User Guide
Issue 4, July 2017
This User Guide is applicable for serial numbers
M214-00151 and later with application firmware 2.0 and later
and Dante firmware 2.1.0 (Ultimo 3.10.4.1) and later
Copyright © 2017 by Studio Technologies, Inc., all rights reserved
www.studio-tech.com
50382-0717, Issue 4
This page intentionally left blank.
Table of Contents
Revision History ............................................................ 4
Introduction ................................................................... 5
System Features ........................................................... 5
Installation ..................................................................... 10
Configuration ................................................................ 13
Dante™ Configuration ................................................... 20
Operation ...................................................................... 21
Technical Notes ............................................................. 26
Specifications ................................................................ 31
Appendix A .................................................................... 32
Appendix B .................................................................... 33
Model 214 User Guide
Studio Technologies, Inc.
Issue 4, July 2017
Page 3
Revision History
Issue 4, July 2017:
1. Documents that the unit now supports the STcontroller software application.
2. Documents the new configurable headphone output level feature.
Issue 3, March 2017:
1. Documents revised headphone operating mode choices. This relates only to application
firmware 1.3 and later as noted on the title page.
Issue 2, September 2015:
1. Documents enhanced unit identification feature.
2. Adds improvements to IP address configuration assignment explanation.
Issue 1, July 2014:
1. Initial release.
Issue 4, July 2017
Page 4
Model 214 User Guide
Studio Technologies, Inc.
Introduction
What This User Guide Covers
This User Guide is designed to assist you
when installing, configuring, and using
Model 214 Announcer’s Consoles. Additional background technical information
is also provided.
System Overview
The Model 214 Announcer’s Console is
designed to serve as the audio control
center for announcers, commentators, and
production personnel. This tabletop unit
supports applications utilizing the Dante™
Audio-over-Ethernet media networking
technology. The Model 214 is suitable for
numerous applications including on-air
television sports broadcasting, stadium announce, and corporate AV. The unit integrates all on-air, talkback, and cue audio
signal routing in one compact system.
Two pushbutton switches allow the user
to control the main and talkback audio
output channels. Ease of use, configuration
flexibility, and sonic excellence are some
of the unit’s highlights.
The Model 214 is compatible with the latest
broadcast and audio system environments
that use the Dante technology. An Ethernet
connection with Power-over-Ethernet (PoE)
power is all that’s required to make the unit
part of a sophisticated, networked audio
system. Connect a microphone and pair
of headphones (or a broadcast headset)
and the installation is complete. Whether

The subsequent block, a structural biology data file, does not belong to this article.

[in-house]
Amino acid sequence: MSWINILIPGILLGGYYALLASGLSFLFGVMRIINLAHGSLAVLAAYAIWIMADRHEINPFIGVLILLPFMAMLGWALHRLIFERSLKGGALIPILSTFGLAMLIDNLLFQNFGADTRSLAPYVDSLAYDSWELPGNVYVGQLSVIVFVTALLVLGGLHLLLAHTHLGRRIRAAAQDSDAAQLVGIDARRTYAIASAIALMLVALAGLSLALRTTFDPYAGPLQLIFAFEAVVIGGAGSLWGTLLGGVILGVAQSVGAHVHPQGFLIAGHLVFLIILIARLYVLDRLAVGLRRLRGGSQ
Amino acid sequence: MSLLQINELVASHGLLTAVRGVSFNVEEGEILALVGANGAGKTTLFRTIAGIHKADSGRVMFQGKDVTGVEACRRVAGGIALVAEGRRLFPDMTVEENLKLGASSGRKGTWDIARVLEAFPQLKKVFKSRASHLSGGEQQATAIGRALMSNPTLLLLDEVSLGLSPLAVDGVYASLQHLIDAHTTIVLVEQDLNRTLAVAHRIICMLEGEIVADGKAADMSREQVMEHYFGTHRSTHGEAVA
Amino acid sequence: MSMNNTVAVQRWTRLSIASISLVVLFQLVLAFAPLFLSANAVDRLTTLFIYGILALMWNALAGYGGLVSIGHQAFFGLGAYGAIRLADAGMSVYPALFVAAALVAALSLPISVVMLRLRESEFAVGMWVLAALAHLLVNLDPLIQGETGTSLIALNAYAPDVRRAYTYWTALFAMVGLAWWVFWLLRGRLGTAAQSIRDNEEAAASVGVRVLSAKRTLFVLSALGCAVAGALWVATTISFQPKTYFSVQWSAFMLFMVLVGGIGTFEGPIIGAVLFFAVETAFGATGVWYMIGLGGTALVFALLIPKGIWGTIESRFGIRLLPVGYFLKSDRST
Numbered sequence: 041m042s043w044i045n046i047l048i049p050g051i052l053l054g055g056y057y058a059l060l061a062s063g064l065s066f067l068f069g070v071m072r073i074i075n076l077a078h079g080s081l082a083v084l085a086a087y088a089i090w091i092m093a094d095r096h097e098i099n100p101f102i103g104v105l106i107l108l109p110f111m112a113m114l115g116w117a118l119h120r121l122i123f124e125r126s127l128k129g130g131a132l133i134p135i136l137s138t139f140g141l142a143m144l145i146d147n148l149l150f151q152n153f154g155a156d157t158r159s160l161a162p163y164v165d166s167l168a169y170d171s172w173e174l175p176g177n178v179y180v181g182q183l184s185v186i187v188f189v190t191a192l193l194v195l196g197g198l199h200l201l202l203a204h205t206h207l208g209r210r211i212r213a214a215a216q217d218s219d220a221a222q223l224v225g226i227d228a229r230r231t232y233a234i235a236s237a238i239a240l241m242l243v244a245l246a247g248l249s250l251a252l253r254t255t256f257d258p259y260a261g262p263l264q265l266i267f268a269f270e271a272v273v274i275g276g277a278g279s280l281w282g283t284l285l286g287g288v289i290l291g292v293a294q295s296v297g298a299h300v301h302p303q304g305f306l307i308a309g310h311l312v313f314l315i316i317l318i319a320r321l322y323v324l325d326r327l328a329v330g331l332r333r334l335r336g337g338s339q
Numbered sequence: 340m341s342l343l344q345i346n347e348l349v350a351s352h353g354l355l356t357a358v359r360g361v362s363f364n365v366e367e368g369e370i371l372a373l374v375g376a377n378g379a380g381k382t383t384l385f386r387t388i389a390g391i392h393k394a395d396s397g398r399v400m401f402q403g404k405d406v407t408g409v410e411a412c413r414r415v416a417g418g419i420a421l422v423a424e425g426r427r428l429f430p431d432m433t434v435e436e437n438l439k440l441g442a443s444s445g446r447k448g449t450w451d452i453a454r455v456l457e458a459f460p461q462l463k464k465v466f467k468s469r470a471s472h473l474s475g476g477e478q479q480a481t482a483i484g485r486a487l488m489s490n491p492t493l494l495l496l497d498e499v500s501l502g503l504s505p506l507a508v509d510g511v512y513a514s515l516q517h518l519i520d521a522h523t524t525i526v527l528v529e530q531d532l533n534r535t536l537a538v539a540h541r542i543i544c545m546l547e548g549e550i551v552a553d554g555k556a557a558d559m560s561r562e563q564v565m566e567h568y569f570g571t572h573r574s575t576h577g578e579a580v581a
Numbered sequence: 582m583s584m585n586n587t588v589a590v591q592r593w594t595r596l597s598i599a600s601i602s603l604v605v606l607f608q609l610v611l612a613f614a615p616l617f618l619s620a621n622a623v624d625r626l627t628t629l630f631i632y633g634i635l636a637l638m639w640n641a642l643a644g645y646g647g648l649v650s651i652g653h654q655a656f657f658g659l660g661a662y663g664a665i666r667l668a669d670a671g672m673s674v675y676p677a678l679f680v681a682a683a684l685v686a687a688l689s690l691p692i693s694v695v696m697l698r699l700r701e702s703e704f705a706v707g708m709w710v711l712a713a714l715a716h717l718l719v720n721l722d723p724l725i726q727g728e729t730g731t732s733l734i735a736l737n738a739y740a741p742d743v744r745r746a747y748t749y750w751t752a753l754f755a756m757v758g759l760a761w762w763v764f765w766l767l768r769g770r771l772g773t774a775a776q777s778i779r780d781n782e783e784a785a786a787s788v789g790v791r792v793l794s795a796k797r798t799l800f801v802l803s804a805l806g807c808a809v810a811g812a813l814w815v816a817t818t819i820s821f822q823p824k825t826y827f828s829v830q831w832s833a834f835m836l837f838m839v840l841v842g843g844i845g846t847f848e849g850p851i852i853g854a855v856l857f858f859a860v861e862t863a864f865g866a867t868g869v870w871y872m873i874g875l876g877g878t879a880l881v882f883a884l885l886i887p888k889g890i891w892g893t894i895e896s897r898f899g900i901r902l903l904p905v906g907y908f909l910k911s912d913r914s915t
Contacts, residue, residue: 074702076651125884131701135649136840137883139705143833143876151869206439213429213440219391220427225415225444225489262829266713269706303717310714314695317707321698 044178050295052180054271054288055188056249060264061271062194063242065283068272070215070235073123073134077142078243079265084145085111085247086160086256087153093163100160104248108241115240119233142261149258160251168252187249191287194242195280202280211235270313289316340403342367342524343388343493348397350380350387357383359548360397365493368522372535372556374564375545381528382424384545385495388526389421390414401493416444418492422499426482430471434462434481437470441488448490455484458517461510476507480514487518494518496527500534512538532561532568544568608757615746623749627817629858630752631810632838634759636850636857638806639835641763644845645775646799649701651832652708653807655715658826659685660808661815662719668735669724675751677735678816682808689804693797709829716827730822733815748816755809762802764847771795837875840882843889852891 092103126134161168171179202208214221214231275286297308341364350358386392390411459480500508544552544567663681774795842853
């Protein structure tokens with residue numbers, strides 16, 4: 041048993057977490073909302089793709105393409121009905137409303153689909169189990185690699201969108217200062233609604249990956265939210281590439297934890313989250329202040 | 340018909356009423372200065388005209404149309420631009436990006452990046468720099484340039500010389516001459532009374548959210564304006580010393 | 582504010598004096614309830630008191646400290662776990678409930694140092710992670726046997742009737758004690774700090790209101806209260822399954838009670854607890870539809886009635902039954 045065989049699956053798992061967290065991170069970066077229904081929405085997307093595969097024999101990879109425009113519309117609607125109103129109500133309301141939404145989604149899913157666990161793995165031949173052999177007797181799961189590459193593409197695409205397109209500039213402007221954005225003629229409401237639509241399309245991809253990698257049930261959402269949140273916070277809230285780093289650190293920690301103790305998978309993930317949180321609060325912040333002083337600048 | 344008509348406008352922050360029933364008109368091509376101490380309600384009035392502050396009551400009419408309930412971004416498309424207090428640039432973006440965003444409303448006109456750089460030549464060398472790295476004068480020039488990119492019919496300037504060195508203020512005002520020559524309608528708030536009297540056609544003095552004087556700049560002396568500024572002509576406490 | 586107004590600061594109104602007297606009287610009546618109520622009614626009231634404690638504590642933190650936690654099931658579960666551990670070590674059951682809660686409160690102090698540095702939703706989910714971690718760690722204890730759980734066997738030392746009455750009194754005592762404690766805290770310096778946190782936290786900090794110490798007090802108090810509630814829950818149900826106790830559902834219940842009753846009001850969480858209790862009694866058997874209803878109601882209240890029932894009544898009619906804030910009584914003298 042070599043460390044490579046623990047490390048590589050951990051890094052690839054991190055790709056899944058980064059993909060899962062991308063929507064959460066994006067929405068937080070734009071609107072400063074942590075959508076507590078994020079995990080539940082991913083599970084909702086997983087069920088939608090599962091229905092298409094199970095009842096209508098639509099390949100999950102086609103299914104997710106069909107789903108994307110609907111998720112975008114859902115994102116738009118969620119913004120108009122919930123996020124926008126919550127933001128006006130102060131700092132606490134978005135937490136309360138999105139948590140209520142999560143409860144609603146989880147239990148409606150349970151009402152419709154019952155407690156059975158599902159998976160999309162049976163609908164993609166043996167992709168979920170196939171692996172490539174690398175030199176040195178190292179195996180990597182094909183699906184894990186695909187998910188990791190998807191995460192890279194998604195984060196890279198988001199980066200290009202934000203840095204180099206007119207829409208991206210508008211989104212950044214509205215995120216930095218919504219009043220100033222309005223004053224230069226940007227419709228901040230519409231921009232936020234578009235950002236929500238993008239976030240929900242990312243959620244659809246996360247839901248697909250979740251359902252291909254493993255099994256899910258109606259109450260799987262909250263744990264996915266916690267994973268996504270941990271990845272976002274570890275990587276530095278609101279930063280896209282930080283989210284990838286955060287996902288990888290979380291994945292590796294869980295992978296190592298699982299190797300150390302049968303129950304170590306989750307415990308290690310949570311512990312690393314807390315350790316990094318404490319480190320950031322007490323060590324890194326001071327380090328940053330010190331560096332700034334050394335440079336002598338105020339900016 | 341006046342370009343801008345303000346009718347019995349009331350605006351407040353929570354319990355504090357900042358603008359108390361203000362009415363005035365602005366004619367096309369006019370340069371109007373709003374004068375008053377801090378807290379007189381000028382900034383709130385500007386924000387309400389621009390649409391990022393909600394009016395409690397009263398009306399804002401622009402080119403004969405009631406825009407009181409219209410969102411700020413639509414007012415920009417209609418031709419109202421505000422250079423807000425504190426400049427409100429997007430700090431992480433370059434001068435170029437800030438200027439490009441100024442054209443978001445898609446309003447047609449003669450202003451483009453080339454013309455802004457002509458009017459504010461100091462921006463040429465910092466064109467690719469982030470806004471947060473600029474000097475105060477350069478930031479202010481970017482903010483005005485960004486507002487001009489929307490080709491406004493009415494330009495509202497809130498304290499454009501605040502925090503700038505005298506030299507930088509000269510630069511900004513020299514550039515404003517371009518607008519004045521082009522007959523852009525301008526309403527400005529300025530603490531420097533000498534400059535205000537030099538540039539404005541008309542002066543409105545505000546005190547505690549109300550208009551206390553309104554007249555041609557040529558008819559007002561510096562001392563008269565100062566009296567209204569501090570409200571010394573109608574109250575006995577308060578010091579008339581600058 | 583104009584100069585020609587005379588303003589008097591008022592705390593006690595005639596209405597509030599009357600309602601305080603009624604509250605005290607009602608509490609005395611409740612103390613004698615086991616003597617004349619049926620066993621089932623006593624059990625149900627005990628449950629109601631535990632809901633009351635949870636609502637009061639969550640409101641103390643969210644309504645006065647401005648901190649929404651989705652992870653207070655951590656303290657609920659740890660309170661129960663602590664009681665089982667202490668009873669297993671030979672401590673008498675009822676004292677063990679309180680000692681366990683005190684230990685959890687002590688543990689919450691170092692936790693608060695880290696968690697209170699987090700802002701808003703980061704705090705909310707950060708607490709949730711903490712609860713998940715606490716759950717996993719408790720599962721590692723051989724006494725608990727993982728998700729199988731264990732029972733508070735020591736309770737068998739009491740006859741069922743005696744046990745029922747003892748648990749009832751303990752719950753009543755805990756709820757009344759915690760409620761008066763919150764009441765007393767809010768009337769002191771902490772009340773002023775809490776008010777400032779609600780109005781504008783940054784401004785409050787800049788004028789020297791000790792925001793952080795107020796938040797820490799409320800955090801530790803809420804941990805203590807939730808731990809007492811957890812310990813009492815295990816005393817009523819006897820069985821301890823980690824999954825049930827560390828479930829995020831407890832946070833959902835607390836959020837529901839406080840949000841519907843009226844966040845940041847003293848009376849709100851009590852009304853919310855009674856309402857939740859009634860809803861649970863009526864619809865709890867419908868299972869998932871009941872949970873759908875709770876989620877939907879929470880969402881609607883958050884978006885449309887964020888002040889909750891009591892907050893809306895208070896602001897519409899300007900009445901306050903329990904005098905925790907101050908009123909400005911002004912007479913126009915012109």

it’s the on-air audio, the talkback audio, or
the headphone cue feed, superior audio
quality is always maintained. A range of
configuration choices allow the desired
operating parameters to be easily selected.
These choices can be made locally using
pushbutton switches or remotely using the
Model 214 User Guide
Studio Technologies, Inc.
Figure 1. Model 214 front and back views
STcontroller application. And while flexible
to configure, the user is presented with
an easy-to-understand set of controls and
indicators.
System Features
User Controls and Status
Indicators
Two pushbutton switches, three LED indicators, and three rotary controls provide
the user with a clear, easy-to-use interface.
One pushbutton switch controls the status
of the main output. This is the audio channel intended for on-air, announcement, or
Issue 4, July 2017
Page 5
other primary uses. Two LEDs display the
on/off status of the main output. A second
pushbutton switch controls the status of
the talkback output channel. This is the
audio signal used to communicate with
producers, directors, spotters, or other
behind-the-scenes production personnel.
A status LED is associated with the talkback pushbutton. The pushbutton switches
use gold-plated contacts for reliable longterm operation and include backlighting
using white LEDs. Three rotary controls allow the user to adjust the content and level
of the headphone output.
Microphone Input
The Model 214 provides a high-performance microphone preamplifier which
offers low-noise, low-distortion, and high
headroom amplification over a 19 to 64 dB
range. The gain is adjustable in 3-dB steps.
A 2-digit display indicates the amplification
in dB. The microphone input is compatible with balanced dynamic or condenser
microphones. Phantom power is provided
and meets the worldwide P48 standard.
A dual-color LED indicator serves as an
aid for optimizing the setting of the preamplifier’s gain. Microphone signals are
connected to the Model 214 by way of a
standard 3-pin female XLR connector.
Microphone operating parameters can
be set both locally and by way of the
STcontroller remote control software
application. Two pushbutton switches,
accessible on the bottom of the unit, allow
adjustment of the microphone preamplifier’s gain and the on/off status of P48 phantom power. The STcontroller application
allows personal computer users to both
view and change the preamp gain and
P48 on/off status.
Issue 4, July 2017
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Output Channels and their